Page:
The latest drills with exchangeable solid-carbide heads offer exceptional economy. Instead of replacing the whole drill body, end users only purchase carbide heads, which cost about the same as regrinding a brazed or solid-carbide drill. These crowns swap out easily and accurately, and shops can use a single drill body with multiple crowns to drill several different hole sizes.

This modular drilling system reduces drill-inventory costs for tools ranging from 12 to 20 mm in diameter. In addition, it eliminates the cost of backups needed when regrinding brazed or solid-carbide drills.

In reviewing cost-per-hole, shops should also take overall tool life into account. Typically, shops can only regrind a solid-carbide drill 7 to 10 times and a brazed drill only 3 or 4 times. The steel body of a crowntype-drill, on the other hand, lasts for at least 20 to 30 crown changes when machining steel material.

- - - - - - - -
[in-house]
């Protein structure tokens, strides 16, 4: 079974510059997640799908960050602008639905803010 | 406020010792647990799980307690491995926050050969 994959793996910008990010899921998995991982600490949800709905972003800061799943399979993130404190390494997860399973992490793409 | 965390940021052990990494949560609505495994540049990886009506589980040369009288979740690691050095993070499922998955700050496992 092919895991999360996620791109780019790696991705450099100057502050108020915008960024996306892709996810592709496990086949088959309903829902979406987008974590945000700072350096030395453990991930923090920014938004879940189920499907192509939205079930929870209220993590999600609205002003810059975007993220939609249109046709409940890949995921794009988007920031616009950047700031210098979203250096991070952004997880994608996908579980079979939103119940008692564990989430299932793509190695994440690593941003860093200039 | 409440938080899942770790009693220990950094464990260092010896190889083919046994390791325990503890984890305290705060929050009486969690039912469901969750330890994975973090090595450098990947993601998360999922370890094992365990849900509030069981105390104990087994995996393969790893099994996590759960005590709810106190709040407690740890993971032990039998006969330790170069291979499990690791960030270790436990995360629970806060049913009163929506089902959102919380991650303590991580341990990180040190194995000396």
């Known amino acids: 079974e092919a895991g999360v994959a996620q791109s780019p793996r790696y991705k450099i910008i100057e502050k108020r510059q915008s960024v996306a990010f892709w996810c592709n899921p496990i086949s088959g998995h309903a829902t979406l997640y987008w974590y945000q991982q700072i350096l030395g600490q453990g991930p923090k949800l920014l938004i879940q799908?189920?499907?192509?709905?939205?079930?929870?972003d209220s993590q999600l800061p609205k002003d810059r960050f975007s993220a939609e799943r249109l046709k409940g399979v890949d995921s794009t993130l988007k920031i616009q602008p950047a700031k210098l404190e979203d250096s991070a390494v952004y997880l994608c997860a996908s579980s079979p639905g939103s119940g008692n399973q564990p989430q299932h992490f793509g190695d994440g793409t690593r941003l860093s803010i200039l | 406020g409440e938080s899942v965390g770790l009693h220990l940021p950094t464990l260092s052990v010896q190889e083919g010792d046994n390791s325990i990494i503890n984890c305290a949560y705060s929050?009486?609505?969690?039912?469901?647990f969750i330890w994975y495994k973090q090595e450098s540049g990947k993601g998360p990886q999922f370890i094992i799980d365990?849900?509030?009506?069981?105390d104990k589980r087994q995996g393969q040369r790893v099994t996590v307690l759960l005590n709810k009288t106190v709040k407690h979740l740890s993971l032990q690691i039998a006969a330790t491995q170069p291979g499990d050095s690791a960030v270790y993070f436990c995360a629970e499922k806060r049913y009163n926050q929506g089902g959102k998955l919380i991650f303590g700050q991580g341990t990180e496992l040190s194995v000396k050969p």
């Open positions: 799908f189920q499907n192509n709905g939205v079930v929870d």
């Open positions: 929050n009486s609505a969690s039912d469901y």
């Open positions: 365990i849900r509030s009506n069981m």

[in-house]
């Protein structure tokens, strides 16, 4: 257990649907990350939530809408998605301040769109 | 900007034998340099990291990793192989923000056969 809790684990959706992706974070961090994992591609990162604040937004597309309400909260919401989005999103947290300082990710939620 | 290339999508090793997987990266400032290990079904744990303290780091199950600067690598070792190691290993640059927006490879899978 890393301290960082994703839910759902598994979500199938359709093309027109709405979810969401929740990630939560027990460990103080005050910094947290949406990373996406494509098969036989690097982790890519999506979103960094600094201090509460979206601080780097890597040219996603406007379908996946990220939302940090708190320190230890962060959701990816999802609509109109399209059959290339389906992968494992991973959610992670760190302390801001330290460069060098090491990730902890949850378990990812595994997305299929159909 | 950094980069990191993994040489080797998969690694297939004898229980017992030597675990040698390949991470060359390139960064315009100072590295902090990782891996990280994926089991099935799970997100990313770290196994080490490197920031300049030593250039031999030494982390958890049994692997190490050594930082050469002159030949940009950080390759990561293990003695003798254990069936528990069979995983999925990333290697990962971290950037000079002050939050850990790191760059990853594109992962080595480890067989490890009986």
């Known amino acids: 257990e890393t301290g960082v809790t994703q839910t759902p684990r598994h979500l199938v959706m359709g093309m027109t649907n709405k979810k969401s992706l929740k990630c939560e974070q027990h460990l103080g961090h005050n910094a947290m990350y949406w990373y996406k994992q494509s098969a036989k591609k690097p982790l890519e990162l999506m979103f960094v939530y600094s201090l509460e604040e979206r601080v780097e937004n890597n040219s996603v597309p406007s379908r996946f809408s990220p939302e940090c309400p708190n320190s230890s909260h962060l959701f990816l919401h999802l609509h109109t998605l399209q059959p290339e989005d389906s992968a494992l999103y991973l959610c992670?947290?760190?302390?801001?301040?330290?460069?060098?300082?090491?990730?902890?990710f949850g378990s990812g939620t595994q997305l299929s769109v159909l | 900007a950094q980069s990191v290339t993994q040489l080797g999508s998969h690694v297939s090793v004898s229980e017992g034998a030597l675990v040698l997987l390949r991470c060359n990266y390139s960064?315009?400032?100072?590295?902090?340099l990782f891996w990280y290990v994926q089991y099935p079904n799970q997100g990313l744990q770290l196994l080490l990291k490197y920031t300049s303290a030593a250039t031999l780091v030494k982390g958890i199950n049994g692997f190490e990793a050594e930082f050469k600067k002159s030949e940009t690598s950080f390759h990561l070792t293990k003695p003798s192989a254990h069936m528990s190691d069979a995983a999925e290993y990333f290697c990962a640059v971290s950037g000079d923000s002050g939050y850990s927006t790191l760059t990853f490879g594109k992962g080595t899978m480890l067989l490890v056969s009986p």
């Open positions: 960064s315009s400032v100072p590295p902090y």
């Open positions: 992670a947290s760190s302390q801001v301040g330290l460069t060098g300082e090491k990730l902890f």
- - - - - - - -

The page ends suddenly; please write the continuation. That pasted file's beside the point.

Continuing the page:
There is also an issue of productivity. Brazed and solid-carbide drills must be reground; therefore, shops have a tendency to run these tools slowly to avoid chipping them. But regrinding is unnecessary with exchangeable-head drills, so shops can operate them at maximum feed and speed without fear of chipping the carbide material.

New crown-type drills also deliver more consistent tool life than solidcarbide or brazed drills. In many cases, reground drills do not match the performance of a new drill. That's because it's hard to match the cutting edge shape and edge preparation in regrinding. Drills with improper edge preps often chip more easily, require more torque or power to operate, or create more heat, thereby shortening tool life.